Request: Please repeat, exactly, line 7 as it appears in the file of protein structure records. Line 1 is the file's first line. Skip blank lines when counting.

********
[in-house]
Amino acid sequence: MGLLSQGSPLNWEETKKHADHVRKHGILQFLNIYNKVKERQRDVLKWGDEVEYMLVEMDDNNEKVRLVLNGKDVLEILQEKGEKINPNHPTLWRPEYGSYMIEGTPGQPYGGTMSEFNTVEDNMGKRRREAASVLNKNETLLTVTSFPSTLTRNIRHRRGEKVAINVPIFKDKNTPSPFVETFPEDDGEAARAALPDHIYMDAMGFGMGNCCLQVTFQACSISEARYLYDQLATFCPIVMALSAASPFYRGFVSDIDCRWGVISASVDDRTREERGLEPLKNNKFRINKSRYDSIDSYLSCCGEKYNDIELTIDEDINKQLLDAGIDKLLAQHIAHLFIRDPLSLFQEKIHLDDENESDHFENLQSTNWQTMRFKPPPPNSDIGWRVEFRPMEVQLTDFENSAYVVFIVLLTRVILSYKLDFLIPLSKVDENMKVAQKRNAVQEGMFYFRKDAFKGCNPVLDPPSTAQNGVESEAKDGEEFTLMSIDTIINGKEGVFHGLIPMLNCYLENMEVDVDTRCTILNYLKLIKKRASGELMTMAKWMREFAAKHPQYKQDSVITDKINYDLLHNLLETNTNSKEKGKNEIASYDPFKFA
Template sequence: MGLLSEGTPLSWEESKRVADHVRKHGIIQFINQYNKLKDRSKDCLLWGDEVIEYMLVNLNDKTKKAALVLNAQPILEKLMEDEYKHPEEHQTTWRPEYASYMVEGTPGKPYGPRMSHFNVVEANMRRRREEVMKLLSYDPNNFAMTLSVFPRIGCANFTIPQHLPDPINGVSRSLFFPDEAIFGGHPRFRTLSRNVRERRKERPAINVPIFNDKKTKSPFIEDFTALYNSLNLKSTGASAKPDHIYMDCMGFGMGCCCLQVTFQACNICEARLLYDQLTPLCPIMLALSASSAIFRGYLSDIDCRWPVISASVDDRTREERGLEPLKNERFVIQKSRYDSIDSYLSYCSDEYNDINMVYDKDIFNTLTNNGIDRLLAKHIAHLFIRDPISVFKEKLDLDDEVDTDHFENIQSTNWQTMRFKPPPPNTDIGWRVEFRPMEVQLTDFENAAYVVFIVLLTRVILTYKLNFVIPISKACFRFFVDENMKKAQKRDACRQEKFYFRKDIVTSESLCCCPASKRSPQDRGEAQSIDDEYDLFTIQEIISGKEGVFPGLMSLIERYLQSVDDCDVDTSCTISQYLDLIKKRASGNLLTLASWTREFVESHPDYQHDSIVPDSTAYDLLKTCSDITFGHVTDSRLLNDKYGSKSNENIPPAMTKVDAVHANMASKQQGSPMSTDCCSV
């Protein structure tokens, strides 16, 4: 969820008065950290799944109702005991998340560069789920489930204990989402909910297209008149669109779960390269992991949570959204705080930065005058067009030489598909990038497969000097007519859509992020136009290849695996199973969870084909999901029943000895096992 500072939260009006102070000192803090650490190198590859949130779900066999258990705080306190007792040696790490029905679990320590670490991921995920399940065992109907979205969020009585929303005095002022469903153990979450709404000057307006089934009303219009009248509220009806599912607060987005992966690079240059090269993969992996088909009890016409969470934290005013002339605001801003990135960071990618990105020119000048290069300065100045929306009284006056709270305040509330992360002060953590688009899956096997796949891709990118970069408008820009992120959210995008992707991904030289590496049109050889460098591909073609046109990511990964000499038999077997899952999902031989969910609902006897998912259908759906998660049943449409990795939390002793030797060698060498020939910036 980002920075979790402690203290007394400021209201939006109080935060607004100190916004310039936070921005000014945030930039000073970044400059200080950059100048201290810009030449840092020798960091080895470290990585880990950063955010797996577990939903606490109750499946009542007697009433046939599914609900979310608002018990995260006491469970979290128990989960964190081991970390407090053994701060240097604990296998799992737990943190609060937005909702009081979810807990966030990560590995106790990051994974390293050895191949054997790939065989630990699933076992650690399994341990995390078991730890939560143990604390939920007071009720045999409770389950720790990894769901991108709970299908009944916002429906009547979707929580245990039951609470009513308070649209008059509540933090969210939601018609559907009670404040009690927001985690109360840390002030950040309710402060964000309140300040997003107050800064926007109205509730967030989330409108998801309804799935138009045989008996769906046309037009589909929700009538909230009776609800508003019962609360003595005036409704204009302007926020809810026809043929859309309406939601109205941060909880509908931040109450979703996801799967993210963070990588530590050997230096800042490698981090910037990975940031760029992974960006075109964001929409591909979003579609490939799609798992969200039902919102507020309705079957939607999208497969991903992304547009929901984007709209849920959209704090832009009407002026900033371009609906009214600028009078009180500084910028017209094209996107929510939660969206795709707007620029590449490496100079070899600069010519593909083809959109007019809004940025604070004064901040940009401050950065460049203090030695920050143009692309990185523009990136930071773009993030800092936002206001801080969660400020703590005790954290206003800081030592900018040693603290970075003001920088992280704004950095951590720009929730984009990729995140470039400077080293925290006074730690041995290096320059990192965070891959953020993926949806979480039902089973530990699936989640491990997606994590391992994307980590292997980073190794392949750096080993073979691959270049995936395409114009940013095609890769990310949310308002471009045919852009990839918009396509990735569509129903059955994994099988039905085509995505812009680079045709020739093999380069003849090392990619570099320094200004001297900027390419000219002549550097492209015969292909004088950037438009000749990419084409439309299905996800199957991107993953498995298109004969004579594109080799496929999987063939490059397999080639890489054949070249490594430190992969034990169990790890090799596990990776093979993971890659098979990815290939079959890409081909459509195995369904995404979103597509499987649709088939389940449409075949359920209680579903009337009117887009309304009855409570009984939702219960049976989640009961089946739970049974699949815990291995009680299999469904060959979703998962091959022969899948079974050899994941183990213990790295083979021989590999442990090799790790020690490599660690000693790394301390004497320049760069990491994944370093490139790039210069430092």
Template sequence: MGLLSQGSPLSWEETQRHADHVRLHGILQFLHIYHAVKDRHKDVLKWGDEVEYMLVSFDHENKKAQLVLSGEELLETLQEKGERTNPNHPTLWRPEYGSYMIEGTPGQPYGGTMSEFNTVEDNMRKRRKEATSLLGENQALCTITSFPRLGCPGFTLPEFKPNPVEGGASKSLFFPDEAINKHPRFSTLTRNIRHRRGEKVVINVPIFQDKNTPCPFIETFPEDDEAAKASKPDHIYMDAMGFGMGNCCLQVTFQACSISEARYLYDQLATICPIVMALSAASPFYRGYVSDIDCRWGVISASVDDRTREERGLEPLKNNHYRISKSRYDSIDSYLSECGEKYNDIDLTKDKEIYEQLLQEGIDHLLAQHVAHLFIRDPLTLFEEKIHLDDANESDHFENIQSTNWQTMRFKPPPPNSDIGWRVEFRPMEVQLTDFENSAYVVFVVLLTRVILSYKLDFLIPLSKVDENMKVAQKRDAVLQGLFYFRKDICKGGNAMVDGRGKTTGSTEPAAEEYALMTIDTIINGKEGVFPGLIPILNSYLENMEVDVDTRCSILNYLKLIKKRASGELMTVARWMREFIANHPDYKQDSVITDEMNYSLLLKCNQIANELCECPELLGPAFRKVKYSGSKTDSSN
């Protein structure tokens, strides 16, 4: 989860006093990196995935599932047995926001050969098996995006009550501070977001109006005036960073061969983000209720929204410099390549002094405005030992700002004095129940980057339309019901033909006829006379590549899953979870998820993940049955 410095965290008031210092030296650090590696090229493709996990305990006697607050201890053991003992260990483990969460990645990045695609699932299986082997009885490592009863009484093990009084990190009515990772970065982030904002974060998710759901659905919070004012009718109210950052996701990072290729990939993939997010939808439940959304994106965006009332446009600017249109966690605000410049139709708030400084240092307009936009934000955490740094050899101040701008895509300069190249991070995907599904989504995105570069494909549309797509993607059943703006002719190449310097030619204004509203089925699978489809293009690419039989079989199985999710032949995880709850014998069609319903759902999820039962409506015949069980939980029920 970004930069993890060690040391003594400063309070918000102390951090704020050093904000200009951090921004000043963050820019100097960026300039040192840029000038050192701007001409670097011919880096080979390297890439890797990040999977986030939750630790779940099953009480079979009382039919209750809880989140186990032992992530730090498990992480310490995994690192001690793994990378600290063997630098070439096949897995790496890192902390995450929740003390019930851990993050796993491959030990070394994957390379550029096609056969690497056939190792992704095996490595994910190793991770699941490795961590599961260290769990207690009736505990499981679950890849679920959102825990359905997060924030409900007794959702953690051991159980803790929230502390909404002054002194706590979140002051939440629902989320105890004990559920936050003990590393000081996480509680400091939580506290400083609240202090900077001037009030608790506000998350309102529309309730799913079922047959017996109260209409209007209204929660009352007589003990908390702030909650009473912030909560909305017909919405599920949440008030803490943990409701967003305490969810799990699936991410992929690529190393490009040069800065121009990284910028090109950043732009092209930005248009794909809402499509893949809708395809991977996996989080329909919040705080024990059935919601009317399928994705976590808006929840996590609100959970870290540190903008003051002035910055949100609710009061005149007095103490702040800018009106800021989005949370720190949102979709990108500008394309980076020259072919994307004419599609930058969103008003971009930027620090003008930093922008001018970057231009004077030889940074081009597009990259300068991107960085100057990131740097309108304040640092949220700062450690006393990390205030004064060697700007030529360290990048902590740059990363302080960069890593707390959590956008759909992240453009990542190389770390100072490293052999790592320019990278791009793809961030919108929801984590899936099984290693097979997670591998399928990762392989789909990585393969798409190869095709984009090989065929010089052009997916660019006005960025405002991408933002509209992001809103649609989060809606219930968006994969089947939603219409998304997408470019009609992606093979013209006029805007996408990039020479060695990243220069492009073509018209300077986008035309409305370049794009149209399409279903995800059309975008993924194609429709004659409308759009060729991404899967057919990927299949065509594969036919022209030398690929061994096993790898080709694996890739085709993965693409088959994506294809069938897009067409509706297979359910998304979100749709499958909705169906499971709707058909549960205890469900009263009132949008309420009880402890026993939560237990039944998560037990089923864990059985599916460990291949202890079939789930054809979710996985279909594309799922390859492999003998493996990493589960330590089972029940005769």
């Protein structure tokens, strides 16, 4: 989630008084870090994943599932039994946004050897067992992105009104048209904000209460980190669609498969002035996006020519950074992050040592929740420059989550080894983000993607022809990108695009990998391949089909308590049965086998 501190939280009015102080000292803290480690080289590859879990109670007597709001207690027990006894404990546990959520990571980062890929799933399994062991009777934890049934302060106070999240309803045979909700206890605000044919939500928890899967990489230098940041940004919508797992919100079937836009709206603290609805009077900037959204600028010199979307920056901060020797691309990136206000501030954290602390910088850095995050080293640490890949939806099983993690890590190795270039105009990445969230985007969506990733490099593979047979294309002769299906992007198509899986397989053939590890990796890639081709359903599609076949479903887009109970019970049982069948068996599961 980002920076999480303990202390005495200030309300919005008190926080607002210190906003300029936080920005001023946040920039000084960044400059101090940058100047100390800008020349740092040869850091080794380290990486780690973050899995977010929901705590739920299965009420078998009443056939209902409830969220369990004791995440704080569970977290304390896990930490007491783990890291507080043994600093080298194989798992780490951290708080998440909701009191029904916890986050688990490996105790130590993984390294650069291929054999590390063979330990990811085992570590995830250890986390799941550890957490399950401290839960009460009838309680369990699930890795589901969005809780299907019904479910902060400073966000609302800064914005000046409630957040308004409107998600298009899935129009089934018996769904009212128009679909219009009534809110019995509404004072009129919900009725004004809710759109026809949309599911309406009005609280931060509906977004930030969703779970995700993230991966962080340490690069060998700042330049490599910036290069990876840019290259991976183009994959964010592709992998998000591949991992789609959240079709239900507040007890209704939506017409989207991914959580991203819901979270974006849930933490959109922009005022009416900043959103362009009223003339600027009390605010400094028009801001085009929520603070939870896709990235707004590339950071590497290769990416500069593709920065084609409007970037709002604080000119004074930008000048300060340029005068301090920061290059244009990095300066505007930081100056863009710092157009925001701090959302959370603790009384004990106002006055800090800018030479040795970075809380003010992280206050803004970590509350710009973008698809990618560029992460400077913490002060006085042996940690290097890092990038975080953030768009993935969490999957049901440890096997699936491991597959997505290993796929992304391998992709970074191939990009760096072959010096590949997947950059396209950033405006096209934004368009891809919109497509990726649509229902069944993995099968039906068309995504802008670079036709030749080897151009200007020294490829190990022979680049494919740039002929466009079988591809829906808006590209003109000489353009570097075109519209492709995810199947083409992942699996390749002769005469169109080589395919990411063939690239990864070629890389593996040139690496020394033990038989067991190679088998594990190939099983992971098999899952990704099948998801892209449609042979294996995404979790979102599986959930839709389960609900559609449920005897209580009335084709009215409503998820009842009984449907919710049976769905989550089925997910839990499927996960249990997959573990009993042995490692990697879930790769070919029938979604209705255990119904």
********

């Protein structure tokens, strides 16, 4: 989630008084870090994943599932039994946004050897067992992105009104048209904000209460980190669609498969002035996006020519950074992050040592929740420059989550080894983000993607022809990108695009990998391949089909308590049965086998 501190939280009015102080000292803290480690080289590859879990109670007597709001207690027990006894404990546990959520990571980062890929799933399994062991009777934890049934302060106070999240309803045979909700206890605000044919939500928890899967990489230098940041940004919508797992919100079937836009709206603290609805009077900037959204600028010199979307920056901060020797691309990136206000501030954290602390910088850095995050080293640490890949939806099983993690890590190795270039105009990445969230985007969506990733490099593979047979294309002769299906992007198509899986397989053939590890990796890639081709359903599609076949479903887009109970019970049982069948068996599961 980002920076999480303990202390005495200030309300919005008190926080607002210190906003300029936080920005001023946040920039000084960044400059101090940058100047100390800008020349740092040869850091080794380290990486780690973050899995977010929901705590739920299965009420078998009443056939209902409830969220369990004791995440704080569970977290304390896990930490007491783990890291507080043994600093080298194989798992780490951290708080998440909701009191029904916890986050688990490996105790130590993984390294650069291929054999590390063979330990990811085992570590995830250890986390799941550890957490399950401290839960009460009838309680369990699930890795589901969005809780299907019904479910902060400073966000609302800064914005000046409630957040308004409107998600298009899935129009089934018996769904009212128009679909219009009534809110019995509404004072009129919900009725004004809710759109026809949309599911309406009005609280931060509906977004930030969703779970995700993230991966962080340490690069060998700042330049490599910036290069990876840019290259991976183009994959964010592709992998998000591949991992789609959240079709239900507040007890209704939506017409989207991914959580991203819901979270974006849930933490959109922009005022009416900043959103362009009223003339600027009390605010400094028009801001085009929520603070939870896709990235707004590339950071590497290769990416500069593709920065084609409007970037709002604080000119004074930008000048300060340029005068301090920061290059244009990095300066505007930081100056863009710092157009925001701090959302959370603790009384004990106002006055800090800018030479040795970075809380003010992280206050803004970590509350710009973008698809990618560029992460400077913490002060006085042996940690290097890092990038975080953030768009993935969490999957049901440890096997699936491991597959997505290993796929992304391998992709970074191939990009760096072959010096590949997947950059396209950033405006096209934004368009891809919109497509990726649509229902069944993995099968039906068309995504802008670079036709030749080897151009200007020294490829190990022979680049494919740039002929466009079988591809829906808006590209003109000489353009570097075109519209492709995810199947083409992942699996390749002769005469169109080589395919990411063939690239990864070629890389593996040139690496020394033990038989067991190679088998594990190939099983992971098999899952990704099948998801892209449609042979294996995404979790979102599986959930839709389960609900559609449920005897209580009335084709009215409503998820009842009984449907919710049976769905989550089925997910839990499927996960249990997959573990009993042995490692990697879930790769070919029938979604209705255990119904």